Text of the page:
John Emerson has a very good article that was promoted to the front-page at Open Left about why the Democratic Party is the way that it is. It has a lot of good history and it’s all basically accurate. It’s a little heavy on the intellectual developments of the mid-twentieth century, though, and too light on everything else. It’s still worth a read even if I think it misses most of what makes the Democratic Party the way it is, but it covers a lot of ground.

It starts from the place that so much progressive analysis starts, which is that there was a Golden Age of progressivism within the Democratic Party during the first two terms of Franklin Roosevelt’s presidency that has been lost, and then proceeds to try to explain what went wrong and how to get back to Shangri-La. I’ve always found the premise of these arguments to be mildly irritating. That’s because I don’t believe there ever was a progressive heyday.

Emerson begins:

The Democratic Party established itself in more or less its present form roughly between 1945 and 1955. The Civil Rights and anti-war movements of the sixties severely challenged the new party orthodoxy, but after 1972 (when many of the pros abandoned McGovern) the old guard took over again. The DLC takeover in 1988 moved the party still further to the right, but the foundations for an anti-populist, anti-progressive Democratic Party were laid immediately after WWII.

We can see from the dates that he’s willing to include FDR’s third term within the Golden Age, but not really.

A couple of weeks ago I described how the congressional progressives had at first been the New Deal’s biggest supporters, but went into opposition after 1937, so that the New Deal coalition was replaced by the old Grover Cleveland Democratic Party (the South and the urban machines) plus the unions. After 1937 the impending world war (which most Progressives opposed) increasingly dominated politics, and once the war had begun it trumped all domestic concerns, so that the Congressional role became rather limited and the progressives were marginalized.

So, he’s pretty much restricting himself to a Golden Age of 1933-1937. That’s a pretty brief period of time to hold up as the standard by which all subsequent ages should be judged. But, it’s true that in that brief period the interests of progressives and the interests of the Democratic Party were better aligned than at any time since. It’s also true that the onset of the war permanently changed American politics and the Democratic Party.

The most important permanent changes were related to dealing with the trauma of the second world war in thirty years, the unleashing of atomic energy, the emergence of communism as a global ideology with real power, and the real need to come up with answers to prevent a resumption of conflict, including a repeat of instigators like economic warfare between states. Probably nothing was more important than the Bretton Woods conference that set up the economic framework for the post-war era under American leadership. It was at this conference, in 1944, that America (under Democratic leadership) took over responsibility for monetary policy and assured that the Democratic Party could never again hope to rule as a majority as the antagonist of Wall Street.

It’s true, as Emerson describes, that all kinds of intellectual firepower was put to use to justify this change. But, just as with the responsibility of the Democrats to build a permanent military-industrial complex to deal with an atomic age, they had a responsibility to impose order on international markets to prevent the kind of chaos that occurred between the wars.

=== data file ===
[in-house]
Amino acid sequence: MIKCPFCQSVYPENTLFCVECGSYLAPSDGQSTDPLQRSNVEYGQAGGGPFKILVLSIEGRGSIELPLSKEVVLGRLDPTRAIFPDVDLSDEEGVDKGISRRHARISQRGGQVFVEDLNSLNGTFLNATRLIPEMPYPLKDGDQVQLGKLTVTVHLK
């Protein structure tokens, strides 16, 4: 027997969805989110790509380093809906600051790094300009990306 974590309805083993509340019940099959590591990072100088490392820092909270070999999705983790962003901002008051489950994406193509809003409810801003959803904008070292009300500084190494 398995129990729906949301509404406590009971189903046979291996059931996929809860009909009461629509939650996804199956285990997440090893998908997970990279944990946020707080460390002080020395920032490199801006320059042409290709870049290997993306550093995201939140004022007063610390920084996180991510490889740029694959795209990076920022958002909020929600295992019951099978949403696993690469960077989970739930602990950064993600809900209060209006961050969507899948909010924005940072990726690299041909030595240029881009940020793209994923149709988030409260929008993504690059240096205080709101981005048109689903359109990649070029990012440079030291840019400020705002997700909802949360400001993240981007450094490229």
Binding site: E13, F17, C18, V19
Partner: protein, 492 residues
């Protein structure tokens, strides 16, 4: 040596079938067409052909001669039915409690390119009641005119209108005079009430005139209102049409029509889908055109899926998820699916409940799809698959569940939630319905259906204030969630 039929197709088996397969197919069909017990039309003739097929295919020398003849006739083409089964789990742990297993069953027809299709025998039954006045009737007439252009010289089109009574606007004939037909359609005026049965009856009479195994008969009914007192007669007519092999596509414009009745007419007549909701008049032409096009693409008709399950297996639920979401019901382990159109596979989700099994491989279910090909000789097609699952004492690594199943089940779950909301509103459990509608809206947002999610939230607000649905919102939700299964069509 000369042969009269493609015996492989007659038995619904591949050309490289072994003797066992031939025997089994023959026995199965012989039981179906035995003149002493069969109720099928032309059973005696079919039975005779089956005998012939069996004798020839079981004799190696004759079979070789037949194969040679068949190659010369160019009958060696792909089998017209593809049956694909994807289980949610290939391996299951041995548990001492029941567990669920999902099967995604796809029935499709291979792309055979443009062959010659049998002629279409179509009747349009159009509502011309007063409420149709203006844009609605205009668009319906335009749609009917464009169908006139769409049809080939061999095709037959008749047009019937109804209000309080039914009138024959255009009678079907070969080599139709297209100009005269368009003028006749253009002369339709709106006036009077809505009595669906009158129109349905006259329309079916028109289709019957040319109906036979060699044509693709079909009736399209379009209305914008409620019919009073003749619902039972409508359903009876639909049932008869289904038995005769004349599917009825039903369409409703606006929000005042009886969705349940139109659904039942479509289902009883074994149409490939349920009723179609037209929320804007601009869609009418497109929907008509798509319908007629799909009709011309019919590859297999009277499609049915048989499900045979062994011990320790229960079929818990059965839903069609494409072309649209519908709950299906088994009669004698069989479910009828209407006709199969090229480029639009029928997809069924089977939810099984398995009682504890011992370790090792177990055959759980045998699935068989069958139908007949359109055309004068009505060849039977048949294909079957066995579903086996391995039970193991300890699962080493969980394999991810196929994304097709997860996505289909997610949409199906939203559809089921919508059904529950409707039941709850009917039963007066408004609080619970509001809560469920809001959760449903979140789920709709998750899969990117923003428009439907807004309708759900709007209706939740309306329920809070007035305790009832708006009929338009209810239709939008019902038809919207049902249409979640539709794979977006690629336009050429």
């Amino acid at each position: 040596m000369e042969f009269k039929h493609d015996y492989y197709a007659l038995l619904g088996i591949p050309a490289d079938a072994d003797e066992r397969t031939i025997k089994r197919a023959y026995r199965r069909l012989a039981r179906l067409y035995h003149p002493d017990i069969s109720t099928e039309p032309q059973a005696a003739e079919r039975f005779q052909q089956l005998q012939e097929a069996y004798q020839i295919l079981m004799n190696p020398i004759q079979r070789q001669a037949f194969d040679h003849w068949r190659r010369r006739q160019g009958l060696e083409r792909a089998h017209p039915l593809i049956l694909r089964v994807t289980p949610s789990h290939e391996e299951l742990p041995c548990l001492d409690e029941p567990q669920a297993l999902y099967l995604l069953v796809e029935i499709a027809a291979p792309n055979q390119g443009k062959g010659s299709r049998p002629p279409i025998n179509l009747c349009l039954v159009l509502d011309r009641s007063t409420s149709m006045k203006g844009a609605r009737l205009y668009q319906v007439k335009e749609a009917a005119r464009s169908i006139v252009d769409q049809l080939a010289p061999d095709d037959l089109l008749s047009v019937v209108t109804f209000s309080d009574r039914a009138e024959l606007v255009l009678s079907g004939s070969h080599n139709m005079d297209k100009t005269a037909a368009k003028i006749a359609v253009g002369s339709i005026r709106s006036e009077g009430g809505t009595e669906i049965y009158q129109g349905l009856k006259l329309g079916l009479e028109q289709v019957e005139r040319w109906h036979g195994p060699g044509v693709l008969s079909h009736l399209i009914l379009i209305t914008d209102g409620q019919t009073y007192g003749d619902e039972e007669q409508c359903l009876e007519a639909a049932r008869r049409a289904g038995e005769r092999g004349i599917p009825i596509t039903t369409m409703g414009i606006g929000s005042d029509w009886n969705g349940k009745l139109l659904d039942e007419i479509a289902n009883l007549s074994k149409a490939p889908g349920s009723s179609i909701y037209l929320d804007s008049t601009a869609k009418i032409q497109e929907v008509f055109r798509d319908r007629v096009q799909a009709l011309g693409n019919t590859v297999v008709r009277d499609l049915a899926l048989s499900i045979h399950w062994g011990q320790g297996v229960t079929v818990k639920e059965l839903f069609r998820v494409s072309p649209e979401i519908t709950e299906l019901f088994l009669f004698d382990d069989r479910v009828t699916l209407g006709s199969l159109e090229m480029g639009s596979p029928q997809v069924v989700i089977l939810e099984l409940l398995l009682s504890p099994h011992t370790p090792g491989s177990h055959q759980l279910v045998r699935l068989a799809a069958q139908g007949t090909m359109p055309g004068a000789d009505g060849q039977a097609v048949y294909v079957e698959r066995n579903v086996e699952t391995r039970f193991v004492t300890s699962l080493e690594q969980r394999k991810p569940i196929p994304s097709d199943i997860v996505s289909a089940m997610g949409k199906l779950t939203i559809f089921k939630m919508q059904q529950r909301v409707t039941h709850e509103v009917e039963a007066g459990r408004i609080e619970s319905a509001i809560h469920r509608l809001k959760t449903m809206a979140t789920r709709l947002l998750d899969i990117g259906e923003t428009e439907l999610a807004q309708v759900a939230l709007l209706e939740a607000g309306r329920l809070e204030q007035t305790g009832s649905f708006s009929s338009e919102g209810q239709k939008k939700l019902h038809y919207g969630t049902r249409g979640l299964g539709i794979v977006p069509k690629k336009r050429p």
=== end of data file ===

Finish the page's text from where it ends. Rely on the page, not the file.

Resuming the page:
These twin responsibilities shaped the modern Democratic Party. And even though the Democrats after Truman lost the White House more than they won it, they controlled Congress almost uninterrupted up until 1995.

But, for me, this history does more to explain why America is the way that it is than to explain why the modern Democratic Party is the way that it is. That is because America developed in the post-war era by the Democratic Party’s design. They are inseparable. The Democratic Party was America all the way through to Reagan.

The progressive wing of the party didn’t die. But it could do nothing about economic or foreign policy. It had its successes on social issues. Progressives won battle after battle to extend rights to blacks, to women, to gays, and for religious minorities. But they made no ground on changing the ultimate power structures of American society, especially in how that power was projected overseas.

America’s elite took responsibility for the really complex stuff and for a long time the small people were content and rewarded for giving them their trust. All of that started to break down in the late 1960’s, and that’s when the Democratic Party began to break up as the party of American power.

The modern Democratic Party is not remotely similar to the party of FDR’s day, which had no responsibility for global economic policy or assuring that we have the preeminent military in the world. FDR’s party was dominated by segregationists. Today’s party is majority-minority. What’s happening is that the post-war consensus on matters both economic and international is breaking down and the base of the Democratic Party is becoming more old-school progressive. Ordinarily, the elites response would be to flee for shelter in the Republican Party, but they don’t agree (and never have) about the way the Democrats crafted that post-war consensus. So, there is no safe haven for the elites to run to.

The last time this happened was when this cycle began, back in 1933.

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